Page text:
Since the beginning of March 2016, protests in the Oromia Region of Ethiopia have sharply declined. From November 2015 – February 2016, an average of 23 protests were recorded per week as protesters mobilised against the planned expansion of the Addis Ababa administrative region which threatened to displace Oromo farmers. On 12 January the Oromo Peoples’ Democratic Organization (OPDO) announced that the ‘Master Plan’ will be put on hold (HRW, 15 January 2016; ACLED March 2016). Despite this concession, protests escalated to unprecedented levels in February 2016 as distrust prevailed amongst protest communities. However, since March, protests have been subject to a drop off with an average of 8 protests per week (see Figure 1).

Figure 1_Ethiopia-May 2016

A melting pot of grievances has been used to understand the most recent wave of protests, but two features of the Oromia protests challenge contemporary understandings of protest dynamics. First, the timing of protests and second, the power of unorganised protests to achieve their stated goals. This report considers both of these features by situating protest within the structural environment in which it takes place, as well as in relation to broader regional issues that impact the state’s capacity to respond.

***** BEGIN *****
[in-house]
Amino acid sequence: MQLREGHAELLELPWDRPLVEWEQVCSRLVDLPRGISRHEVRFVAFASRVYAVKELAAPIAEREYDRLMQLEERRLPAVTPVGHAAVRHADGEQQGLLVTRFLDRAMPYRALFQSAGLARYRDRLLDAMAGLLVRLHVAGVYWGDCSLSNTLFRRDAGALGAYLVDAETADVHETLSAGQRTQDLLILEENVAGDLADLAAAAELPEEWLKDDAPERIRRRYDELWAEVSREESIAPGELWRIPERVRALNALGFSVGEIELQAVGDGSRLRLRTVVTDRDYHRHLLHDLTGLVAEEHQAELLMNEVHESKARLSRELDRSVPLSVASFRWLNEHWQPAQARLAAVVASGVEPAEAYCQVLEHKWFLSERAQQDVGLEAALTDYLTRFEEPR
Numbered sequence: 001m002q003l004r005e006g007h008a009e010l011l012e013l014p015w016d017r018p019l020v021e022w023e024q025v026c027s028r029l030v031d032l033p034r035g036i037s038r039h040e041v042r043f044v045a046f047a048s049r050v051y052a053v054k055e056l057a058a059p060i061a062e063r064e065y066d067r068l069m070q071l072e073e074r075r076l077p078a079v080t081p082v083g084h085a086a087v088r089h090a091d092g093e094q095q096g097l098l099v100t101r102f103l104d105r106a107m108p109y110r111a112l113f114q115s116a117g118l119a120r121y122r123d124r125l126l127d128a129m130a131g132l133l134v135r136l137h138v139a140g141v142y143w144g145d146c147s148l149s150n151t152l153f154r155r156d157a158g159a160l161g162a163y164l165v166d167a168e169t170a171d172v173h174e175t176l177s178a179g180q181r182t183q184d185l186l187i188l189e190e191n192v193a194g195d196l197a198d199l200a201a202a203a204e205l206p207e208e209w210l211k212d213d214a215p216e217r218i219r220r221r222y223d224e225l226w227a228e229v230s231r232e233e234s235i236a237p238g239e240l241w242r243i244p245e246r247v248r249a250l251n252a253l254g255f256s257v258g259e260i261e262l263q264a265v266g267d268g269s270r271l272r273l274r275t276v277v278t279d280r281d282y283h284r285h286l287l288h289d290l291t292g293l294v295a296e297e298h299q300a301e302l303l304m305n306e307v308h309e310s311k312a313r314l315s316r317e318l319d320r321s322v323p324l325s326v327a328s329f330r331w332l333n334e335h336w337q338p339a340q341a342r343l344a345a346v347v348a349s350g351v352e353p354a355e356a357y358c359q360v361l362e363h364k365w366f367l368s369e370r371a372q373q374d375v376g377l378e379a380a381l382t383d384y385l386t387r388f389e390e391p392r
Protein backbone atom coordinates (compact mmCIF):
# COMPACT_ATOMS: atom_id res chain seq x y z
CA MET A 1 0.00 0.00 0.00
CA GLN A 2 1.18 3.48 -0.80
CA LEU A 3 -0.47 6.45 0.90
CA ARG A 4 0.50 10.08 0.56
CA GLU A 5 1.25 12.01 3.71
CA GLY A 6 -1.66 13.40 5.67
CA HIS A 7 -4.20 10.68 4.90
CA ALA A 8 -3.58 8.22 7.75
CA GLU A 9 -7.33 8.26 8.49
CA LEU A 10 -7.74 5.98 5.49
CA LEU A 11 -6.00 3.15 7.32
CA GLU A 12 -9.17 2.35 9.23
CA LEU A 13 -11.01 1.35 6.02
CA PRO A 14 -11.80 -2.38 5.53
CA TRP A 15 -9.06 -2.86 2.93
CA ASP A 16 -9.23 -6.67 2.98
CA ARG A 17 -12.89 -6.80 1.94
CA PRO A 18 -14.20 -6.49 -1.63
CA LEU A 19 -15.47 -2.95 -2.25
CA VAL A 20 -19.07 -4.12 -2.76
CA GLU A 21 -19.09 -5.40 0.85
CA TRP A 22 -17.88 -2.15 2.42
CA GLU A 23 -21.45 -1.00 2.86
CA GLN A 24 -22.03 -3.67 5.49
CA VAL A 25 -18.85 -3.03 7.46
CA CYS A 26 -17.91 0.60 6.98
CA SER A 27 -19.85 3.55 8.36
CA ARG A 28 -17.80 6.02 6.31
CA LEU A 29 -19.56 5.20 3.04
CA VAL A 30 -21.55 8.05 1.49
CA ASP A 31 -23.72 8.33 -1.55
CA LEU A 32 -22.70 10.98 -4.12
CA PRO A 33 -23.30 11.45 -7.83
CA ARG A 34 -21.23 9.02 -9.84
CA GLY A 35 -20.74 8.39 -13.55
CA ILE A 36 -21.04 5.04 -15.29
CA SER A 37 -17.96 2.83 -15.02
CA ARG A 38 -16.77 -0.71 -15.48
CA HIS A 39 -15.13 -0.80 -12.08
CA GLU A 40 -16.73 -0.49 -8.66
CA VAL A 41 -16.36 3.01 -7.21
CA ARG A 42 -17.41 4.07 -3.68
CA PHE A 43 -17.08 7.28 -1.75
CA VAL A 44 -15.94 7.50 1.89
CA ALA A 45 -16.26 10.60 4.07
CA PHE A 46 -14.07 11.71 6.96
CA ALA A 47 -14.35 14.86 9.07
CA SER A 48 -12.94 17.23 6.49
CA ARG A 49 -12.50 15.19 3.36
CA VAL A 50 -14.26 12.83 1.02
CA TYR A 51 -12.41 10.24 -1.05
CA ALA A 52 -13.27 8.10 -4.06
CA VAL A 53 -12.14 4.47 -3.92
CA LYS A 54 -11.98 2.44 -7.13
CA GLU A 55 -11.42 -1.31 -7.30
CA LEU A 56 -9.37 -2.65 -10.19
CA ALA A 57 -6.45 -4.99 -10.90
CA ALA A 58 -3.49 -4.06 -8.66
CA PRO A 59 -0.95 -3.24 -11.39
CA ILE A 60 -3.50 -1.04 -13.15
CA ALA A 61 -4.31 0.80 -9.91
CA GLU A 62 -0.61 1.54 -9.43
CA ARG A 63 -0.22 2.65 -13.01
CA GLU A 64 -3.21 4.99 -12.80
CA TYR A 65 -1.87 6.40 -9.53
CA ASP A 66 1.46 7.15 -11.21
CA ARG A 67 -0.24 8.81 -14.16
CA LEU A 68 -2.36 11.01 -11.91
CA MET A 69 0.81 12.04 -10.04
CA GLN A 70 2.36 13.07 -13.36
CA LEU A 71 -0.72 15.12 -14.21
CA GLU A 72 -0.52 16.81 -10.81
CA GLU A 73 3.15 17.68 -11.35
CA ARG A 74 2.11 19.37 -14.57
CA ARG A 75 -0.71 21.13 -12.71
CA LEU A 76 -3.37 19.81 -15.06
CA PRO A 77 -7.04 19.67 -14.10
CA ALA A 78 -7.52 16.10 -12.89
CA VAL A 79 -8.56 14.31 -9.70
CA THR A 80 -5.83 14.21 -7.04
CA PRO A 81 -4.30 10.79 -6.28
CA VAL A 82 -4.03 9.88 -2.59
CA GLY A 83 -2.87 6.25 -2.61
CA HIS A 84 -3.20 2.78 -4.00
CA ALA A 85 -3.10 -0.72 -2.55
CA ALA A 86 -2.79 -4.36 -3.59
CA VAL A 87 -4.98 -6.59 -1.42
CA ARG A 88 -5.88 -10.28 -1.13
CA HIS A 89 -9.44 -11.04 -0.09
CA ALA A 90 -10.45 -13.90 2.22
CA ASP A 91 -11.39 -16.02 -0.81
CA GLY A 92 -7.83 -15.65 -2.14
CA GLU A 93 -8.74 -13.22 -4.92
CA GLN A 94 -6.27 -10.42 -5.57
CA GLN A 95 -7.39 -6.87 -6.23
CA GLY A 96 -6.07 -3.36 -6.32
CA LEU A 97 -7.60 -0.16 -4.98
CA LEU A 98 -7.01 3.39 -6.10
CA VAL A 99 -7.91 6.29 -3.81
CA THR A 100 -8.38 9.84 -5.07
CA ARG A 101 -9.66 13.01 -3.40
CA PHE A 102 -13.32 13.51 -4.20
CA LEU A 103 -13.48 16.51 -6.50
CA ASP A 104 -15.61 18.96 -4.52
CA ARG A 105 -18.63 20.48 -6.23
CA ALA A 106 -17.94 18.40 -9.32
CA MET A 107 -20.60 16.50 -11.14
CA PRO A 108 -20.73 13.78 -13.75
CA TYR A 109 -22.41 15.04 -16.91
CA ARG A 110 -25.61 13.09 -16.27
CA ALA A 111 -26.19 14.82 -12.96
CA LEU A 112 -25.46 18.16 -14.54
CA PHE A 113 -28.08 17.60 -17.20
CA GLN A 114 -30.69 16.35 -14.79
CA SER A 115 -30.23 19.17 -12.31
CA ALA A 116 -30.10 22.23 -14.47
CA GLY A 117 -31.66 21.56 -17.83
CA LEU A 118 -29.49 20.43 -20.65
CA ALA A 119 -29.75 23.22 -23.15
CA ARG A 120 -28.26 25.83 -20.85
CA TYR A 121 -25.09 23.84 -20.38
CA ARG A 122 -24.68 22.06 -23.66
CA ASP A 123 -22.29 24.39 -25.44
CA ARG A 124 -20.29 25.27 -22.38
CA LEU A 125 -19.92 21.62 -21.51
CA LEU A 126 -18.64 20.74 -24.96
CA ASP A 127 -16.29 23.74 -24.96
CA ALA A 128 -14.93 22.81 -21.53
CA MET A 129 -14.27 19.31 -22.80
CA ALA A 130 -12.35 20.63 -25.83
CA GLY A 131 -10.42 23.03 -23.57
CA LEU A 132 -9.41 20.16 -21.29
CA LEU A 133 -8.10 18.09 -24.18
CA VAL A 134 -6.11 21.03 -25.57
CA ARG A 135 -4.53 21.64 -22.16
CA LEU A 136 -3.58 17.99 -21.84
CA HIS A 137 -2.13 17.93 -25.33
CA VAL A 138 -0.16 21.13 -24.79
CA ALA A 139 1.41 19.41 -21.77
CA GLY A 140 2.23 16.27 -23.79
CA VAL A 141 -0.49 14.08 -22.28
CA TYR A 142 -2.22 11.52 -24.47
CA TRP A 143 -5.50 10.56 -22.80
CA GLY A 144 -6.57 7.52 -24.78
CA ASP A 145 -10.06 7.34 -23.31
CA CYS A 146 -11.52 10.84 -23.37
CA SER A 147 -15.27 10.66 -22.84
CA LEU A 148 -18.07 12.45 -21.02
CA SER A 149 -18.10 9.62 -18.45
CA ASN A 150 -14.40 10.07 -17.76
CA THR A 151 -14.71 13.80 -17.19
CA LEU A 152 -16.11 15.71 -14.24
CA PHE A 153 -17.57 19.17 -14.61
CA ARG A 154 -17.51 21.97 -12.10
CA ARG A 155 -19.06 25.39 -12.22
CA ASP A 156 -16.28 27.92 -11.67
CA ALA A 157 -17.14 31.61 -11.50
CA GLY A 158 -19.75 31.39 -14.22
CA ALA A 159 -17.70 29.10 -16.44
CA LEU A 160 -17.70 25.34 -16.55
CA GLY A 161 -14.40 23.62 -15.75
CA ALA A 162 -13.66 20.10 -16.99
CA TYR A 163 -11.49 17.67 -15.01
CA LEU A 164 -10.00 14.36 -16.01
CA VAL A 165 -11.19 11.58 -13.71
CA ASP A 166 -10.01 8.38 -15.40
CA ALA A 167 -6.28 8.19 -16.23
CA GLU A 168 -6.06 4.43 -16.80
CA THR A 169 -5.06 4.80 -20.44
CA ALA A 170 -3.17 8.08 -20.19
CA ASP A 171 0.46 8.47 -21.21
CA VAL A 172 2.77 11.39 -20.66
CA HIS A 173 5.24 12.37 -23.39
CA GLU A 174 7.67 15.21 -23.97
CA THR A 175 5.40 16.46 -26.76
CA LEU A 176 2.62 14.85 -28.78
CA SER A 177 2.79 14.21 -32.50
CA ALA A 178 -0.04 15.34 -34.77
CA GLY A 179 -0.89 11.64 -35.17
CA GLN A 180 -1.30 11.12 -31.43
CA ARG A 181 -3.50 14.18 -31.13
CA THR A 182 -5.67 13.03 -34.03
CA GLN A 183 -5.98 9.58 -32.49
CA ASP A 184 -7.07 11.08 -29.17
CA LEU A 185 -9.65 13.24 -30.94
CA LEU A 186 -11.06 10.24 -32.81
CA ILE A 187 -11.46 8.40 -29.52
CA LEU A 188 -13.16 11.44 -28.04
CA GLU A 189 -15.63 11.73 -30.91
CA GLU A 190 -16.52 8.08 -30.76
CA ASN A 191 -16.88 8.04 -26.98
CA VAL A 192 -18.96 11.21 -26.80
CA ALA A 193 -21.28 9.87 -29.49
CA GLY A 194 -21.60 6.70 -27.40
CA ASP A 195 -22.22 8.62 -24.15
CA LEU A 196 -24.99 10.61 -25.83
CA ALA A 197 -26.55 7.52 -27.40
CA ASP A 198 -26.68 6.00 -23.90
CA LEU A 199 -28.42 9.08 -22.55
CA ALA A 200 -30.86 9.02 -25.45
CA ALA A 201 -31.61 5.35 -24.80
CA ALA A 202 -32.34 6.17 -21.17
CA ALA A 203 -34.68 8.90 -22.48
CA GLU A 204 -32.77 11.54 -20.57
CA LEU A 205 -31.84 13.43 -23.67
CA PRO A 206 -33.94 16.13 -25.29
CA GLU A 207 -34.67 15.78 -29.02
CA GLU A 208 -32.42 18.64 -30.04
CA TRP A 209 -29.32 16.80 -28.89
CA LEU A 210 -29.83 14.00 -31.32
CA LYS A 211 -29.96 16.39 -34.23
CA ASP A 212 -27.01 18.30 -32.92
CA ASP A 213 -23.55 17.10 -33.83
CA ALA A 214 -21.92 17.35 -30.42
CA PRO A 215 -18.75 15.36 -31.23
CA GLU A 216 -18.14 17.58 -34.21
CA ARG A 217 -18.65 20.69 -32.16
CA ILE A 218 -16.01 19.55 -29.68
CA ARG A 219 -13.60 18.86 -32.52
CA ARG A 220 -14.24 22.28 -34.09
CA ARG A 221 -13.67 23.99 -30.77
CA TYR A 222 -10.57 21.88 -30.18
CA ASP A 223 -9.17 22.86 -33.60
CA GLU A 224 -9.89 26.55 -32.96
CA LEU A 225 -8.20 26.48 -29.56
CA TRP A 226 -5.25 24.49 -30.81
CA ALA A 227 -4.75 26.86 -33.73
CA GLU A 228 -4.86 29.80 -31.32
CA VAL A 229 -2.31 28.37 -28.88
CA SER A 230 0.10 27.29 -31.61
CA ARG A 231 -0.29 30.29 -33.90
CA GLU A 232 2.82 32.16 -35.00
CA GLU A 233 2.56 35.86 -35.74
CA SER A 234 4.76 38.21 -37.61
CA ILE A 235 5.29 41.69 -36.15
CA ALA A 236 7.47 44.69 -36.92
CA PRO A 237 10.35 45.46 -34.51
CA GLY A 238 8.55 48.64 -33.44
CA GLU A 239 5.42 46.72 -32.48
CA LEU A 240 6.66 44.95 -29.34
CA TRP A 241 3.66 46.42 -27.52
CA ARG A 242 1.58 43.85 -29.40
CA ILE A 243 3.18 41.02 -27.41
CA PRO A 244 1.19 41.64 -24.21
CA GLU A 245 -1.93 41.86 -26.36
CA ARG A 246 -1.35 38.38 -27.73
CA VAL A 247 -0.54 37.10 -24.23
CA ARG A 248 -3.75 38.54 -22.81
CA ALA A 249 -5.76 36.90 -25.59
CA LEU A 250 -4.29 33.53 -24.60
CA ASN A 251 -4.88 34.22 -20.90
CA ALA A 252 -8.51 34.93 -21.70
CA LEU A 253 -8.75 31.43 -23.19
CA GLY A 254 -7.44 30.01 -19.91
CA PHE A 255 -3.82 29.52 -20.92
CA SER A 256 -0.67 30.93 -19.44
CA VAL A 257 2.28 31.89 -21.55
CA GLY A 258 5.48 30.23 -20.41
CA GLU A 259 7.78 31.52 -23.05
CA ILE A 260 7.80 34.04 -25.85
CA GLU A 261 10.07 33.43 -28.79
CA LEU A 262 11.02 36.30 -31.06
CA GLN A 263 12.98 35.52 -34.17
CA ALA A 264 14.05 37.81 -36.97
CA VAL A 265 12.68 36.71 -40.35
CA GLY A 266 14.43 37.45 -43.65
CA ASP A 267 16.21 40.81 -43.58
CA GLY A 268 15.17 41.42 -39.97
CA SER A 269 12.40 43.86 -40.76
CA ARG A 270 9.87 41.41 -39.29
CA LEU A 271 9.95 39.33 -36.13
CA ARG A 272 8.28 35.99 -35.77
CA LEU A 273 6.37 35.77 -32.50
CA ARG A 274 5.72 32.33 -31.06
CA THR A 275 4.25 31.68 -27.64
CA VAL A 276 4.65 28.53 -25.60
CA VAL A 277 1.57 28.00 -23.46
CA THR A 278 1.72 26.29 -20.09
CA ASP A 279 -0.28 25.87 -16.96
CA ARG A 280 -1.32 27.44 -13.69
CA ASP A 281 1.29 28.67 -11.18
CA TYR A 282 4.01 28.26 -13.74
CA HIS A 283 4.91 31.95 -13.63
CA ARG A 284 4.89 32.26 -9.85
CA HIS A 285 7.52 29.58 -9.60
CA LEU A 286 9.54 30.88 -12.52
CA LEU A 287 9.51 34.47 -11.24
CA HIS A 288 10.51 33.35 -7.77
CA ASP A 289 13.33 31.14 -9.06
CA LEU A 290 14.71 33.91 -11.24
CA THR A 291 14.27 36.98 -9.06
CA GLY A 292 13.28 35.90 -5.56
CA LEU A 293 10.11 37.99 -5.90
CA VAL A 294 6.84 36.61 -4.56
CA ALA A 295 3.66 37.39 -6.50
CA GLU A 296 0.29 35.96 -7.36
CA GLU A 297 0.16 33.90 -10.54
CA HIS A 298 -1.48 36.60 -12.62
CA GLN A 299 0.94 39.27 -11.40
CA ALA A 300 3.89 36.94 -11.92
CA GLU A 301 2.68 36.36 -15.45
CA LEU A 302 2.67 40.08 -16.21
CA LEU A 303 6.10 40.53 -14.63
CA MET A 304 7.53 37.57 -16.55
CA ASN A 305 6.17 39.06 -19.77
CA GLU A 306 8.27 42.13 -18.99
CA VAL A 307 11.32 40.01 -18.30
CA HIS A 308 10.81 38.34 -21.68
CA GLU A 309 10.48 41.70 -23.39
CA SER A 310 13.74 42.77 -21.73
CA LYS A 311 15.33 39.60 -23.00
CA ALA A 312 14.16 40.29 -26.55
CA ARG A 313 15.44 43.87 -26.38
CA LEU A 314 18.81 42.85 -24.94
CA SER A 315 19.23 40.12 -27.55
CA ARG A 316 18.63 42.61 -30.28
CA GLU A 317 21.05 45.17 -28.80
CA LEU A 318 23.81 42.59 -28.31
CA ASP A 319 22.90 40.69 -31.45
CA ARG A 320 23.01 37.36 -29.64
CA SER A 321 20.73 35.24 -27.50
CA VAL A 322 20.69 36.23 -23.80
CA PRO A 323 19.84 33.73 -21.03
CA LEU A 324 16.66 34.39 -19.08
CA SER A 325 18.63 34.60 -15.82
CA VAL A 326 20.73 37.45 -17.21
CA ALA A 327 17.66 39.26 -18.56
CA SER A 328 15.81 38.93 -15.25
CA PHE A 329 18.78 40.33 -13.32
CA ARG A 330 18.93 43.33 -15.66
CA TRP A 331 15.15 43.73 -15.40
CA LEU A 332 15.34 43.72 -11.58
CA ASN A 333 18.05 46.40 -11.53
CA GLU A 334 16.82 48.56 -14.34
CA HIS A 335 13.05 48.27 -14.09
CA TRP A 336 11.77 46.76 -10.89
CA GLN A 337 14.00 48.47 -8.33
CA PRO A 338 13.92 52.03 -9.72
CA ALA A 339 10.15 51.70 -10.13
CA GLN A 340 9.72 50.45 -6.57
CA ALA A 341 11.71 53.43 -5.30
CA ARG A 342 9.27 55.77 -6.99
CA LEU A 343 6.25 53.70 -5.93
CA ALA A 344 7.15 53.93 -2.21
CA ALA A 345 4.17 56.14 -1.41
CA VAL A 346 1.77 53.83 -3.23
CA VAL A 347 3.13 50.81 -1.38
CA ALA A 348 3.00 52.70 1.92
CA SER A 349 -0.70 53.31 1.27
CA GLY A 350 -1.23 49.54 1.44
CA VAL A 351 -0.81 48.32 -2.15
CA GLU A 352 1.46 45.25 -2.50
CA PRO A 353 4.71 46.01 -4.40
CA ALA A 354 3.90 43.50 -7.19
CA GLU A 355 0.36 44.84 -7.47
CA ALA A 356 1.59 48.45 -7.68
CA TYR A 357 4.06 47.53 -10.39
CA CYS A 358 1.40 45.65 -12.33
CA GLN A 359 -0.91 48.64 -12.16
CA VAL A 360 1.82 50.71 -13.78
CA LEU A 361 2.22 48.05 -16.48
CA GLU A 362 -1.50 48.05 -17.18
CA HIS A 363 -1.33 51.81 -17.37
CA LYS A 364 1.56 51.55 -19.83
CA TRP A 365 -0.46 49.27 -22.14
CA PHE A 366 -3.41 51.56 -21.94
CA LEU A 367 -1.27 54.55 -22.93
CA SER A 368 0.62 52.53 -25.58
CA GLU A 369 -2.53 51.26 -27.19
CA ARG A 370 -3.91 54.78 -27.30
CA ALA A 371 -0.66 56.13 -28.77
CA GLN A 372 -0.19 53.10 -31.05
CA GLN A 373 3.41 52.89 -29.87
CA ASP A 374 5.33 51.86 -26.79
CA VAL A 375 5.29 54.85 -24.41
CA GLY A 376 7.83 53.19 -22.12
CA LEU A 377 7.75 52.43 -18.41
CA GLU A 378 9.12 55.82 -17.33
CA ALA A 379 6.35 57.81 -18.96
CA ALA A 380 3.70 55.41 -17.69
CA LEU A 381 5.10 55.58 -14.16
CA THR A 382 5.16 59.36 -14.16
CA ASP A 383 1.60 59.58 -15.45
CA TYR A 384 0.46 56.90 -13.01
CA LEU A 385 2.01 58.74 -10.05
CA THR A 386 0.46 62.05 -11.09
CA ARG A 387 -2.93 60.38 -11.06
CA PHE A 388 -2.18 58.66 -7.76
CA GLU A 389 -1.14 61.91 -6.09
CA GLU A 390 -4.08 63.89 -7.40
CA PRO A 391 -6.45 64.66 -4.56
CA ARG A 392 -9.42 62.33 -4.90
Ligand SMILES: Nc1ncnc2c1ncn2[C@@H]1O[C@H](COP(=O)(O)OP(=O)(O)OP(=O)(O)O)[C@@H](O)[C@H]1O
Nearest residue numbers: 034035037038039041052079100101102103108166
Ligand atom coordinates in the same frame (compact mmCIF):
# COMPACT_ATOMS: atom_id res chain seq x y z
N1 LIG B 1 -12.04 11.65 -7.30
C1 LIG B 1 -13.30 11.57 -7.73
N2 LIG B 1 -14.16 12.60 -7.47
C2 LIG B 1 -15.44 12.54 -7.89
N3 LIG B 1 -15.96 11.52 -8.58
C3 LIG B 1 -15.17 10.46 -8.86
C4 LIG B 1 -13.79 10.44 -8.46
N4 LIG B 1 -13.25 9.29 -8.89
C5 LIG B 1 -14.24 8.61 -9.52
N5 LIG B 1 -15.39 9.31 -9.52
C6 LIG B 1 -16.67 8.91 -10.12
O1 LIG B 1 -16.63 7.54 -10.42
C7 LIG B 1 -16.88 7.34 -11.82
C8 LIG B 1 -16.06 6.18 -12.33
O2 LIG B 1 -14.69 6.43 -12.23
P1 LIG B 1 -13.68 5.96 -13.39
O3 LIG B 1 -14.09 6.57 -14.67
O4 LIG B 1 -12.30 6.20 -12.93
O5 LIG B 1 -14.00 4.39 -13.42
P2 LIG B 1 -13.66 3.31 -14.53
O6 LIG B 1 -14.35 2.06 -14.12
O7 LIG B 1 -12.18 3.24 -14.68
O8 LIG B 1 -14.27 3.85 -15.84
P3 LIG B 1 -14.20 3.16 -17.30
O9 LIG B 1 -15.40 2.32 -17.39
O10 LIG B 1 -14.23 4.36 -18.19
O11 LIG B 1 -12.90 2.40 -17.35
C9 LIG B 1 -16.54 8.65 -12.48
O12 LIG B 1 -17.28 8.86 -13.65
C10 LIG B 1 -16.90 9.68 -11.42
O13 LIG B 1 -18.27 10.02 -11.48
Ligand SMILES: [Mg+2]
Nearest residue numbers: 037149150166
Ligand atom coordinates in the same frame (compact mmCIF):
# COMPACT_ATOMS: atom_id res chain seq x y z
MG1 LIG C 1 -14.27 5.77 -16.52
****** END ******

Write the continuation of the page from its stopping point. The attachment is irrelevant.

In terms of timing, similar government actions to extend Addis Ababa and displace the people of Oromia under the pretext of development have occurred since 2005. Since 2005, forced evictions and urban land-grabbing escalated after two opposition groups – the Coalition for Unity and Democracy (CUD) and the Union of Ethiopian Democratic Forces (UEDF) – won 174 seats, or 32% of the vote for the Ethiopian Parliament (VOA, 16 May 2010). In 2014, similar protests erupted on a smaller scale after the Ethiopian government first announced its plans for development and growth. From this stance, fears “that Oromian farmers will be evicted from their lands without compensation and that the cultural and linguistic identity of the area surrounding Addis will be obliterated” (Africa Confidential, 7 May 2014) have prevailed for over a decade.